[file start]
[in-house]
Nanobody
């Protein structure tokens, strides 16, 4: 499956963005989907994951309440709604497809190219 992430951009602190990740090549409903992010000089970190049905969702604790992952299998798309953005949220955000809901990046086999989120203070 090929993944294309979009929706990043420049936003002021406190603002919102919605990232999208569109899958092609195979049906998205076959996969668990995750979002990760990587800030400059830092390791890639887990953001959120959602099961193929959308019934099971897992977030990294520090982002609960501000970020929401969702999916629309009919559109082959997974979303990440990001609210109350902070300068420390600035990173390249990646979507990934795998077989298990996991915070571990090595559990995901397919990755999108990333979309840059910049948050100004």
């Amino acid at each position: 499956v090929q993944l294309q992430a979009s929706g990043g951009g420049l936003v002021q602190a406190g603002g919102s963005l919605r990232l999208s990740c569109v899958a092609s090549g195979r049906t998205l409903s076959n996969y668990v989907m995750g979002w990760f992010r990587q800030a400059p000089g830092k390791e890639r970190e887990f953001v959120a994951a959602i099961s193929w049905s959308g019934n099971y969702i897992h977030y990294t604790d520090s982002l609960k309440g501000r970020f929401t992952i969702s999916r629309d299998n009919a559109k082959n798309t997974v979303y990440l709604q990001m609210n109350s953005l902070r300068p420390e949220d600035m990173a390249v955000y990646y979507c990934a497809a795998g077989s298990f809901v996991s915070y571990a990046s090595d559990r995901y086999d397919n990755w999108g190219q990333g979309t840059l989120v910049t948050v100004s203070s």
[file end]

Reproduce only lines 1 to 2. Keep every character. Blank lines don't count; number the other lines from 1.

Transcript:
[in-house]
Nanobody